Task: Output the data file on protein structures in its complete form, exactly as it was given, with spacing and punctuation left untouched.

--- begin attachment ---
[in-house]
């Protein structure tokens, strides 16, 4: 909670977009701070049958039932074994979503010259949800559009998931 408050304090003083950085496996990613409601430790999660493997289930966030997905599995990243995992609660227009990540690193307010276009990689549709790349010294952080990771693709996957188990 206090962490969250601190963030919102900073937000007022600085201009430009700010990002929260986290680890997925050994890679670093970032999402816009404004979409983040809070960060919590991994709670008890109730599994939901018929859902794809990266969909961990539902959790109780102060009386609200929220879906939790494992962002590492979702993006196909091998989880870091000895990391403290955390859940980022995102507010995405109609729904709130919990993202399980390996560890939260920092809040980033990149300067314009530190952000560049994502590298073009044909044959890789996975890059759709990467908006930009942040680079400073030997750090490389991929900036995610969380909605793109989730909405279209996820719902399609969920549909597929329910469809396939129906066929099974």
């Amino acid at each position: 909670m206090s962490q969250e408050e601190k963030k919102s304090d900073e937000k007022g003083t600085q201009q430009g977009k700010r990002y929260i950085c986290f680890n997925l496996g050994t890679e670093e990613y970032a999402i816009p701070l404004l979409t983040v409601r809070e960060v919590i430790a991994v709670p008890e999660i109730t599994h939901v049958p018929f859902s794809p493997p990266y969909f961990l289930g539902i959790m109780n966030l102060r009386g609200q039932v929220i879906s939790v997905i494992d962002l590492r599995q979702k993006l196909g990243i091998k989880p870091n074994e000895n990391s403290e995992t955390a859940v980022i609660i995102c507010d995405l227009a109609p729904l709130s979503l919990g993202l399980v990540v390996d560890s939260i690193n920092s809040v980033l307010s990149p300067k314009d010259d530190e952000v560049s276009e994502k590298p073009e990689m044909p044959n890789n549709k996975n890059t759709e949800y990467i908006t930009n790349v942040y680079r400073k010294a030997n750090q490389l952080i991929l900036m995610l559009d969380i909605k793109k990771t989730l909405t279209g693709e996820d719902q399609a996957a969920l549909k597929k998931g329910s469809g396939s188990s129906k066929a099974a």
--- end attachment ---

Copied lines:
[in-house]
């Protein structure tokens, strides 16, 4: 909670977009701070049958039932074994979503010259949800559009998931 408050304090003083950085496996990613409601430790999660493997289930966030997905599995990243995992609660227009990540690193307010276009990689549709790349010294952080990771693709996957188990 206090962490969250601190963030919102900073937000007022600085201009430009700010990002929260986290680890997925050994890679670093970032999402816009404004979409983040809070960060919590991994709670008890109730599994939901018929859902794809990266969909961990539902959790109780102060009386609200929220879906939790494992962002590492979702993006196909091998989880870091000895990391403290955390859940980022995102507010995405109609729904709130919990993202399980390996560890939260920092809040980033990149300067314009530190952000560049994502590298073009044909044959890789996975890059759709990467908006930009942040680079400073030997750090490389991929900036995610969380909605793109989730909405279209996820719902399609969920549909597929329910469809396939129906066929099974």
């Amino acid at each position: 909670m206090s962490q969250e408050e601190k963030k919102s304090d900073e937000k007022g003083t600085q201009q430009g977009k700010r990002y929260i950085c986290f680890n997925l496996g050994t890679e670093e990613y970032a999402i816009p701070l404004l979409t983040v409601r809070e960060v919590i430790a991994v709670p008890e999660i109730t599994h939901v049958p018929f859902s794809p493997p990266y969909f961990l289930g539902i959790m109780n966030l102060r009386g609200q039932v929220i879906s939790v997905i494992d962002l590492r599995q979702k993006l196909g990243i091998k989880p870091n074994e000895n990391s403290e995992t955390a859940v980022i609660i995102c507010d995405l227009a109609p729904l709130s979503l919990g993202l399980v990540v390996d560890s939260i690193n920092s809040v980033l307010s990149p300067k314009d010259d530190e952000v560049s276009e994502k590298p073009e990689m044909p044959n890789n549709k996975n890059t759709e949800y990467i908006t930009n790349v942040y680079r400073k010294a030997n750090q490389l952080i991929l900036m995610l559009d969380i909605k793109k990771t989730l909405t279209g693709e996820d719902q399609a996957a969920l549909k597929k998931g329910s469809g396939s188990s129906k066929a099974a």